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November 2015 Archives

Supreme Court in OK Supports Same-Sex Custody

A case in Oklahoma involving a female, same-sex couple has been resolved after considering the U.S. Supreme Court decision this June. The two women had a child before the Supreme Court decision and later separated. Earlier, a court ruled that only the birth mother of the child would have custodial rights. Recently, the Oklahoma Supreme Court overturned this ruling, stating that both parents have custodial rights even though they were together before the landmark decision.

Mother Jailed for Failure to Pay Child Support

A Chicago Judge has ruled in the father's favor to jail the mother of their three children for failure to pay child support. It is unusual for the mother to be jailed in situations of overdue child support, due to the bias in the system. The father has reportedly been working hard at his factory job to support his children, and the extra money will be a relief to him. The mother's payment amount was significantly reduced, but she was not fulfilling the requirement even after the reduction. Attorney Jefferey Leving, who represented the father, is known for defending fathers' rights.

Austin Celebrates 14th Annual Adoption Day

At the end of October in Austin, 45 children were adopted to families throughout the state. This was the 14th anniversary of the adoption event, and the number of children being adopted has gone up 62 percent in the past 10 years. However, there are still many children who remain in the state's care. As of now, there are approximately 6,800 children in foster care, and the numbers continue to rise every year. In Travis County alone, there are 184 children waiting for their forever home.

South Carolina Starting a Program to Track Child Support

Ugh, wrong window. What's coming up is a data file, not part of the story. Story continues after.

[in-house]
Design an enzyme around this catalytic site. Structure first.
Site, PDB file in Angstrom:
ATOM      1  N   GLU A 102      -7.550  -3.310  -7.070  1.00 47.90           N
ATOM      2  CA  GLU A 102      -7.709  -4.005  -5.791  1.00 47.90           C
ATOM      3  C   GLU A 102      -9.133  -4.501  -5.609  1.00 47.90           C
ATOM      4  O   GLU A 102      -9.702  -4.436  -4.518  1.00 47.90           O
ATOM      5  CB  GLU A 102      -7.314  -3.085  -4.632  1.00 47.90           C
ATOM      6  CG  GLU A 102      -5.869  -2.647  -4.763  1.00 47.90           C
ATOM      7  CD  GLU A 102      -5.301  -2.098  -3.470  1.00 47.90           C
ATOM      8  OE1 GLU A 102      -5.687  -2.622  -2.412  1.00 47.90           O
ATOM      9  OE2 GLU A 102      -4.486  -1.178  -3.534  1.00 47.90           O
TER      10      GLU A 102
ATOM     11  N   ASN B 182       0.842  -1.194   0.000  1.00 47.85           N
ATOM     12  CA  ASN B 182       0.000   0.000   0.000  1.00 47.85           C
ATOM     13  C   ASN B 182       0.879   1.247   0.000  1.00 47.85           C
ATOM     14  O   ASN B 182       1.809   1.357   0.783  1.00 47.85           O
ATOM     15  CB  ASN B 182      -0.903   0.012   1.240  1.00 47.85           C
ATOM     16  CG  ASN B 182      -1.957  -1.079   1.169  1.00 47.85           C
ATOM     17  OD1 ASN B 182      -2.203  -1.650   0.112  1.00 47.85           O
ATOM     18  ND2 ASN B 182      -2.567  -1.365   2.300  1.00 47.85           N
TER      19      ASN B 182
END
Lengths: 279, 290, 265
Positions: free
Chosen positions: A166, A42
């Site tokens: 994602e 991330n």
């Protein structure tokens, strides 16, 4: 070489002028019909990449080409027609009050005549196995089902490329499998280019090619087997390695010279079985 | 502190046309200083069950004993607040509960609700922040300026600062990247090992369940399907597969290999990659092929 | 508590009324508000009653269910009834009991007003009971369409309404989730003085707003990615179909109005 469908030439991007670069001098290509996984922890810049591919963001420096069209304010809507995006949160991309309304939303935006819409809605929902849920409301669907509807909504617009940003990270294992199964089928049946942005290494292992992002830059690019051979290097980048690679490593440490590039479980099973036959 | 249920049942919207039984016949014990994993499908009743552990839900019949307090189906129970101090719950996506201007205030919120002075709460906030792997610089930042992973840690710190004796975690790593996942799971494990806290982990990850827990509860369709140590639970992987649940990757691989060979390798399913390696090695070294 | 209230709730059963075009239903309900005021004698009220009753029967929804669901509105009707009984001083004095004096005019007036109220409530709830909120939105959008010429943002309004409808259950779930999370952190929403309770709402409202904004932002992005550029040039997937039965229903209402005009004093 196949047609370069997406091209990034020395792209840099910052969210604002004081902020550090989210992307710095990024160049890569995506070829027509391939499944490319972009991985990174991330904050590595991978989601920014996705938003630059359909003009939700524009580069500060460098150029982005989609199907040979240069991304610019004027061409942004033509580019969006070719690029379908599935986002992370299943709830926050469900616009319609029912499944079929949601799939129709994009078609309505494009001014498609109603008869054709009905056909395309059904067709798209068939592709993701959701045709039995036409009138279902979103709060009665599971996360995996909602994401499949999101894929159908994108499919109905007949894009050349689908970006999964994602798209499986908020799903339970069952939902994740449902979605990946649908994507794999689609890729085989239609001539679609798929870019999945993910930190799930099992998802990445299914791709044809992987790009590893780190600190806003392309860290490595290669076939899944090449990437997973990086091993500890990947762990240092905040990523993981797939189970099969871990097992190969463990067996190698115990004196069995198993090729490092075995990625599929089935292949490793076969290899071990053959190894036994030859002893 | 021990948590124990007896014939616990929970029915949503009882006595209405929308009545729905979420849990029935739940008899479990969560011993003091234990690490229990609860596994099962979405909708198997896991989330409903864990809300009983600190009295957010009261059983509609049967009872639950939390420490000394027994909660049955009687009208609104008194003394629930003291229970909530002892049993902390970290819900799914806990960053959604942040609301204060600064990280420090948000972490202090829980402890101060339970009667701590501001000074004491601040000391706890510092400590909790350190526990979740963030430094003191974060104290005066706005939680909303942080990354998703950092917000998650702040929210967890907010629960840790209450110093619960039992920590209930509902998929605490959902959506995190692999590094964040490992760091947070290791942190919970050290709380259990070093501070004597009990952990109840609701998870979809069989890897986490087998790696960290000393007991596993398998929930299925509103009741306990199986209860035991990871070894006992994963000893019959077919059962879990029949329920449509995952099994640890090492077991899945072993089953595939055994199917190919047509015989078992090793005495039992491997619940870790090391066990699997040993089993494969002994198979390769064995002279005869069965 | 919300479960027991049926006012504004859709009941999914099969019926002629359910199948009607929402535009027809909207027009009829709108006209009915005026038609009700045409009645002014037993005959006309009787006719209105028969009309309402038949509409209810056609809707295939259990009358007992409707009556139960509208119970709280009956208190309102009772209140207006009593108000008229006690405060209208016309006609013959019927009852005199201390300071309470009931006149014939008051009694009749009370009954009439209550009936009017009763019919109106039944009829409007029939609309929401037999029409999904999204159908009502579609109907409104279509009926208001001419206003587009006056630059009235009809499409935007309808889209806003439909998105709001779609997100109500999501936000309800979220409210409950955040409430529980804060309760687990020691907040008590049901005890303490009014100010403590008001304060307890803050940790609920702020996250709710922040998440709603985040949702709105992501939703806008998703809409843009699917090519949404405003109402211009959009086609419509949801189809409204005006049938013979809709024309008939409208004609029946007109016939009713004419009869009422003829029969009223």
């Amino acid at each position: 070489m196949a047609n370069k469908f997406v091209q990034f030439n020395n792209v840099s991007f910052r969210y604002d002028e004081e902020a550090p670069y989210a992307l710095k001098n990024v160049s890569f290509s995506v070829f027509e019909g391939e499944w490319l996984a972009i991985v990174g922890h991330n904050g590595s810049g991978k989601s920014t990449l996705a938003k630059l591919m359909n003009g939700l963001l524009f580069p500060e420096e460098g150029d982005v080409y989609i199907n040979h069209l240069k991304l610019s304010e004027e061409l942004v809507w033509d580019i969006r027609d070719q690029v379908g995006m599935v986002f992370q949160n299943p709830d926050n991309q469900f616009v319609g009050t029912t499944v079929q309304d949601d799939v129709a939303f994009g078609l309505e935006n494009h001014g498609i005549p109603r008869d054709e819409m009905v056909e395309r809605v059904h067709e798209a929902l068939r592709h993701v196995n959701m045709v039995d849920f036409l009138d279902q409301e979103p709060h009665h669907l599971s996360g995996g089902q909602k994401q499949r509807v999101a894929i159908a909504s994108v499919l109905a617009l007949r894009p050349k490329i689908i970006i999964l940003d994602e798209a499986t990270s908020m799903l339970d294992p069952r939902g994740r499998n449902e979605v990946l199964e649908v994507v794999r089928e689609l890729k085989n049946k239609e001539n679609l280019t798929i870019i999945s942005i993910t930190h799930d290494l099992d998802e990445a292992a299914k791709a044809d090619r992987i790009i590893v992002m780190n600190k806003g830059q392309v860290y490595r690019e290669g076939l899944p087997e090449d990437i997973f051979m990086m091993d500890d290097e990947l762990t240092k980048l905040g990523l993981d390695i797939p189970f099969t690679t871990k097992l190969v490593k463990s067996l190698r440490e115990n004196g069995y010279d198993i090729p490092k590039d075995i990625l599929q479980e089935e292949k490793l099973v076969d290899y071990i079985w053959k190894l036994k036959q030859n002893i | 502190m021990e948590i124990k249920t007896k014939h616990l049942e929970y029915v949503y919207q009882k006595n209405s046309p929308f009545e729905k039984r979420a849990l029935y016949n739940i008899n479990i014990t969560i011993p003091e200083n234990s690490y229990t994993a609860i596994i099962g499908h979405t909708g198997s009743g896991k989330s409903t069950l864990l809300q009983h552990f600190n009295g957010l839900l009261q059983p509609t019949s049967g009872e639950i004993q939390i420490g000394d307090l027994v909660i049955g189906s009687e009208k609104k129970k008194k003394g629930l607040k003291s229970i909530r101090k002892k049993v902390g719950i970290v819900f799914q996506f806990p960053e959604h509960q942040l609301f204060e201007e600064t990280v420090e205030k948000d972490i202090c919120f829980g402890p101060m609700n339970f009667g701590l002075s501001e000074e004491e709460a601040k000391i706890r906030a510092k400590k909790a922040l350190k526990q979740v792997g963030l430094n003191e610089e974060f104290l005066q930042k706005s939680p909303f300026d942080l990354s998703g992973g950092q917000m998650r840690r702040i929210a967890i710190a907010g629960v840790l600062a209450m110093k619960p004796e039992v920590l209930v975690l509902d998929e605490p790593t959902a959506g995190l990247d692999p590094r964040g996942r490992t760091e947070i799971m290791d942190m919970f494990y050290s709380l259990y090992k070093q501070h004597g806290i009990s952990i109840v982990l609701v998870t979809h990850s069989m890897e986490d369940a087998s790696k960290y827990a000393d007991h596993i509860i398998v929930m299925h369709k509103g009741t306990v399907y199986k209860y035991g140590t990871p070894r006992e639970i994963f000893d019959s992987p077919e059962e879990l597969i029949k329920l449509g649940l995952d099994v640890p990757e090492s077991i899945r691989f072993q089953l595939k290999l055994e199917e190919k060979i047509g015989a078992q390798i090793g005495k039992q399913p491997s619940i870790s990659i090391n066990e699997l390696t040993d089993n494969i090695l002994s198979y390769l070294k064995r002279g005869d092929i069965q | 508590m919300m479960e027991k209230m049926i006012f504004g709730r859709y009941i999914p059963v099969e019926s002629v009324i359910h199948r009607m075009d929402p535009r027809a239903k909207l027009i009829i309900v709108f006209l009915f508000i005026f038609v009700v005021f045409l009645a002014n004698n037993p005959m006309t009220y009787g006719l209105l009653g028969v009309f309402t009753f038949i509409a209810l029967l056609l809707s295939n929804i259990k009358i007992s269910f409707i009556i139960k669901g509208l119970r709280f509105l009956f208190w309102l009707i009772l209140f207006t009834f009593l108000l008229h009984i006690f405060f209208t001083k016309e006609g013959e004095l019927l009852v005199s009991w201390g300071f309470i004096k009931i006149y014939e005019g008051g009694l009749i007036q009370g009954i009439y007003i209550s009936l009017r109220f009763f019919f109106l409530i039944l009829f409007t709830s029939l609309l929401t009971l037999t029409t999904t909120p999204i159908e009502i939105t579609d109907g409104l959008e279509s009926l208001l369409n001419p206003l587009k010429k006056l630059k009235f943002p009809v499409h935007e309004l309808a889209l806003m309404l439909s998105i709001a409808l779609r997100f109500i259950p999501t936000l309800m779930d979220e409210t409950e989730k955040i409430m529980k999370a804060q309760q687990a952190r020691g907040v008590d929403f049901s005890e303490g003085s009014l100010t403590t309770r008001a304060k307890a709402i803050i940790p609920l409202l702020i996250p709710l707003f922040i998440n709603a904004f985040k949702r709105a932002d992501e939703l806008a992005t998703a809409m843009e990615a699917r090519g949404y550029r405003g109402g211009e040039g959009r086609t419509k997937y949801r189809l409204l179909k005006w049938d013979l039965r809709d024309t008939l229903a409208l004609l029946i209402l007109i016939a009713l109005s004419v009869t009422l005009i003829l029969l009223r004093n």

The South Carolina Department of Social Services recently told the state's Senate panel that they hope to implement a new system to better track parents who are behind on their child support payments. The state has to pay between $11 and $15 million to the government each year for the failure to collect payments. Employees from Xerox Corp. are in South Carolina to start working on the program since they were approved to begin the project in August. The state will be using a program similar to what Delaware already has in place. The system will cost about $130 million and should be ready by October 2019.

Missing Seattle Baby Turned in to Police

Parents Patrick Curran and Inger Surowiecki did not hand their two-month old over to protective custody in late October. The parents were ordered to appear in court for an emergency hearing where they would turn their baby over to the Department of Social and Health Services. The next afternoon, the parents of the child came back with their baby and turned the girl over to authorities. The mother was wanted on felony and misdemeanor warrants. Curran and Surowiecki were not arrested at the time, but they are being investigated.

Children Home Alone in House Fire

Police arrested a 30-year-old woman in Denver in order to investigate felony child abuse. In late September this year, Rocio Arroyo-Reyes left her children at home alone which later caught on fire. The two children were taken to the hospital in critical condition. Arroyo-Reyes told police that she was only gone for five minutes when she got a text message informing her of the fire. Authorities are still looking into the cause of the fire.

Mormon Church Leaders Agree with Same-Sex Marriage Law

Though some members of the Mormon Church may disagree with the U.S. Supreme Court decision on same-sex marriage, their leaders are showing their support of the law more. One of the high-ranking apostles in the church, Dallin Oaks, says that it would not be right to apply one's personal convictions to a situation like this one. He and other leaders are encouraging their members to do the same. Oaks thinks that Kim Davis, the county clerk in Kentucky, should not have brought her personal, religious beliefs to her job. He uses Davis as an example of how not to behave, and is continuing to stress the duty of following the law to others.

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